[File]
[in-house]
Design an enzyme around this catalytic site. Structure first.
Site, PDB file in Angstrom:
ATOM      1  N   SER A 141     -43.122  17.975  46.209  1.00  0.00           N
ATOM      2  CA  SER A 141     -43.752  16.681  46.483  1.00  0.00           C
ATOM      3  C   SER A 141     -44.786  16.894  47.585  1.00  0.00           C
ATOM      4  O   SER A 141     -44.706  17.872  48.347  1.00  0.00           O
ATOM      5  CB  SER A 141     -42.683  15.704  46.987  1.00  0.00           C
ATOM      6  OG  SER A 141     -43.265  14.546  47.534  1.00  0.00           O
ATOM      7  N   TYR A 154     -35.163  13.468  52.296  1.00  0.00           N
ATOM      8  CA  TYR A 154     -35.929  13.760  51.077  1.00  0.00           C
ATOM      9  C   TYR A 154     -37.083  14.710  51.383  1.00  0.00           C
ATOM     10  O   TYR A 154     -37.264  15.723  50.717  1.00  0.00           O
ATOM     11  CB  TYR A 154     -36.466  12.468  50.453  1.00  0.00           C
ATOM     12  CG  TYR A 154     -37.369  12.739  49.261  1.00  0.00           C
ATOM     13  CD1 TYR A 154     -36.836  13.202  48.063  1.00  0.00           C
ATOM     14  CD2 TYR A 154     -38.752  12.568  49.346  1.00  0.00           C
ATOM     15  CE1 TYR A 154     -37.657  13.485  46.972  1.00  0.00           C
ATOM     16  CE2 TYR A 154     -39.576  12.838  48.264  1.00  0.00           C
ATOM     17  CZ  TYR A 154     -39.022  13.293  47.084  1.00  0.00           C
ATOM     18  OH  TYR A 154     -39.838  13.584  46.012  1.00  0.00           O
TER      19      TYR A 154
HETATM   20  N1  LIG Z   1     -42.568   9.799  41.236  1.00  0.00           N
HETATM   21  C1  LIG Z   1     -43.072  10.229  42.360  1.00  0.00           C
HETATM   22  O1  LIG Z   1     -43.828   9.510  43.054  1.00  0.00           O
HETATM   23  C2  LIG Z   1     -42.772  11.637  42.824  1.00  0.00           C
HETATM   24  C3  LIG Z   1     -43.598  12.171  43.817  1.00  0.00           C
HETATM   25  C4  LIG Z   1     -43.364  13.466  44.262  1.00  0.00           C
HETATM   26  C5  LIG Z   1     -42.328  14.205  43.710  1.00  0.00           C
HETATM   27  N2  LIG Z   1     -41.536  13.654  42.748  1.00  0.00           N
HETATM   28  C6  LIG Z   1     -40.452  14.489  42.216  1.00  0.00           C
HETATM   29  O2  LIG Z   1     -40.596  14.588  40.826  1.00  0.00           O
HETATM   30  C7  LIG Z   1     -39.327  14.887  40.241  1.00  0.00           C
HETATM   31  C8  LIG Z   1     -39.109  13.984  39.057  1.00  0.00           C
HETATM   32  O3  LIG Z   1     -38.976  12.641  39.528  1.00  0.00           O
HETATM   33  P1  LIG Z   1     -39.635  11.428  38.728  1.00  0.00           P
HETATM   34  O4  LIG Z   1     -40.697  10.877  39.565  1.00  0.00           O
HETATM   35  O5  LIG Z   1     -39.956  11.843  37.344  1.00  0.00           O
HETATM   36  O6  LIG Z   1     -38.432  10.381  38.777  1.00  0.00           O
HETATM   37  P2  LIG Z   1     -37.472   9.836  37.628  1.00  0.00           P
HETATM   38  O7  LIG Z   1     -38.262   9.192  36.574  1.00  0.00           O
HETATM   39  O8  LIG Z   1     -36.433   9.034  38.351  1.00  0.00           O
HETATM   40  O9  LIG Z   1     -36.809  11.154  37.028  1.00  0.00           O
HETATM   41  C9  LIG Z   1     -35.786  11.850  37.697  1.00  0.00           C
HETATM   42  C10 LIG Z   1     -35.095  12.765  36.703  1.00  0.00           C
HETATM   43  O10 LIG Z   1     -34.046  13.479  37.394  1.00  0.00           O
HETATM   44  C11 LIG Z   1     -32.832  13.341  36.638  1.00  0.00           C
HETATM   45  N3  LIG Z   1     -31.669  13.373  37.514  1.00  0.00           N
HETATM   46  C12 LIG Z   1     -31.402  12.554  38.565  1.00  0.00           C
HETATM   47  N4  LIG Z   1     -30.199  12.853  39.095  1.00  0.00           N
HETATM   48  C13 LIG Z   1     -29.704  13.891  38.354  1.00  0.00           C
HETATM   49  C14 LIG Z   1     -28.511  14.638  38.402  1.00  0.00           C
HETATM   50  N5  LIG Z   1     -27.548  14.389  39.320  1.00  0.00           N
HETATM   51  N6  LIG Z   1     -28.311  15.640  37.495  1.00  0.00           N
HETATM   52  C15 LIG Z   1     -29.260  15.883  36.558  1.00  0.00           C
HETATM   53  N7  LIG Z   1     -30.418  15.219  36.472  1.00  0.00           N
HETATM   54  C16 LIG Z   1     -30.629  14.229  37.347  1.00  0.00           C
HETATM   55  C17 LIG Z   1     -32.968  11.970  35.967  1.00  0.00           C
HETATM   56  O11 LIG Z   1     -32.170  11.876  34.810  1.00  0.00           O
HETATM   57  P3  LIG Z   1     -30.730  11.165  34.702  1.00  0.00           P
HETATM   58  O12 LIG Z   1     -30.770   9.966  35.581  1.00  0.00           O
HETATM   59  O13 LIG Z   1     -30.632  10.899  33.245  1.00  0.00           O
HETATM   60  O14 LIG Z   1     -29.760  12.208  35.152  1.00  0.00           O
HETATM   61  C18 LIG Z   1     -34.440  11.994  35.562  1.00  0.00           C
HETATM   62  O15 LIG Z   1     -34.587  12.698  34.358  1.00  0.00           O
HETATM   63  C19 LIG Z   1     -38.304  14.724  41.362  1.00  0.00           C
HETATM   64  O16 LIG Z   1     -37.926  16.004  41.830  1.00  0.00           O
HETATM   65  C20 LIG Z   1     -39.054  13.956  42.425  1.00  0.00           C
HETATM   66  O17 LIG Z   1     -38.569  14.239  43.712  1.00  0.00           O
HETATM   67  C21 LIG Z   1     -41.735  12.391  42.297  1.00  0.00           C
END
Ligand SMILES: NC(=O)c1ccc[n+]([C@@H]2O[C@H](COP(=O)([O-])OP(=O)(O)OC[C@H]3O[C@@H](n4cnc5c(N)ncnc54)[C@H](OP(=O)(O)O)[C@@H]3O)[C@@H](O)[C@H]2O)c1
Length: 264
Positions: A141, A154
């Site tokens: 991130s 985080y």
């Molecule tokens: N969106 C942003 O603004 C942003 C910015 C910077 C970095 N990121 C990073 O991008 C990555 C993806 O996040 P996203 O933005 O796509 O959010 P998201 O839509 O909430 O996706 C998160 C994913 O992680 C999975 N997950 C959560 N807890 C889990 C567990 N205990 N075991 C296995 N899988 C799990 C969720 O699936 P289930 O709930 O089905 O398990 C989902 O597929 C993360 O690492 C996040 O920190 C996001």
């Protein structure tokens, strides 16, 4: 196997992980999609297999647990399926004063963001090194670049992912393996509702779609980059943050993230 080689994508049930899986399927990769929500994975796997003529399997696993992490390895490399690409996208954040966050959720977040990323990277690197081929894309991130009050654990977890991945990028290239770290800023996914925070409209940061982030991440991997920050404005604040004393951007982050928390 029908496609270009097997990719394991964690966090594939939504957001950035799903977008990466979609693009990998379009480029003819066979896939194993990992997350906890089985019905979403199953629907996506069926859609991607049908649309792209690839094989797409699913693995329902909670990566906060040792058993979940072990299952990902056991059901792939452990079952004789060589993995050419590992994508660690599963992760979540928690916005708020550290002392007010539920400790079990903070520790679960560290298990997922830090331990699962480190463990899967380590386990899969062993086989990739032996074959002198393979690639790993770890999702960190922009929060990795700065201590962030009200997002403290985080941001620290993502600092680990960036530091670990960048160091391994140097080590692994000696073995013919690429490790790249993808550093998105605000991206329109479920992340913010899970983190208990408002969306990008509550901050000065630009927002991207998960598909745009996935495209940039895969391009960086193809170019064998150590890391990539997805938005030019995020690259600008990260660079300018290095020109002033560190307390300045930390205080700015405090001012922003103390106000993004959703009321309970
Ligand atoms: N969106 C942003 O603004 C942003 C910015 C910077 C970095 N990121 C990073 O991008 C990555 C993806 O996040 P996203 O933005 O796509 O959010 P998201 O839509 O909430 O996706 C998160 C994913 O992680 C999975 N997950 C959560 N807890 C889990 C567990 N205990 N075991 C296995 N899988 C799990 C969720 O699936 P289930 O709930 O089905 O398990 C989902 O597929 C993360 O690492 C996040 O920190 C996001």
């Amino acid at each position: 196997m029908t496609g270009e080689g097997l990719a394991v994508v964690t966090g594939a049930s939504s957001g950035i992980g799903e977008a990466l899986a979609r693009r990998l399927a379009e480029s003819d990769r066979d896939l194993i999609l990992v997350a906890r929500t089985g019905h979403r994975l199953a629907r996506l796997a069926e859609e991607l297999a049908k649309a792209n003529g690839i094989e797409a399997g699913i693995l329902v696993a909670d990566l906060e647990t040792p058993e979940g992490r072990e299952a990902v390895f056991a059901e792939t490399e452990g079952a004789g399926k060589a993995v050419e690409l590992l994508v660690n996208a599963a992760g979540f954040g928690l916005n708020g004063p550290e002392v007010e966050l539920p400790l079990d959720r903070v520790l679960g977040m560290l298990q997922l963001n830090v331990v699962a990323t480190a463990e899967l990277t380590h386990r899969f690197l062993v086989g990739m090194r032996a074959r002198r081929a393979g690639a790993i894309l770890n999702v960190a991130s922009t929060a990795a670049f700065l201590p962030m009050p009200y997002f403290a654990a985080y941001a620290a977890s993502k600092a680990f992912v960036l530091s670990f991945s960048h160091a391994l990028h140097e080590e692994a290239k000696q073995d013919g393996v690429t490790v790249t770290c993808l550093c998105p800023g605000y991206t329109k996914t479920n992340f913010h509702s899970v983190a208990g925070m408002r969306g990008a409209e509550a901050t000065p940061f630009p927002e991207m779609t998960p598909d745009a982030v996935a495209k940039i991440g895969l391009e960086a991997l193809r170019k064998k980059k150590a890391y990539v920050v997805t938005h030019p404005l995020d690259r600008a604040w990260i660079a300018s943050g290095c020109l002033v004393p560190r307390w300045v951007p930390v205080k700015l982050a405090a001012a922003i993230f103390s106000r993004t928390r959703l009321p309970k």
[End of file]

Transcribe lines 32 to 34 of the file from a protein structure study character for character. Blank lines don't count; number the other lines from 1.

HETATM   29  O2  LIG Z   1     -40.596  14.588  40.826  1.00  0.00           O
HETATM   30  C7  LIG Z   1     -39.327  14.887  40.241  1.00  0.00           C
HETATM   31  C8  LIG Z   1     -39.109  13.984  39.057  1.00  0.00           C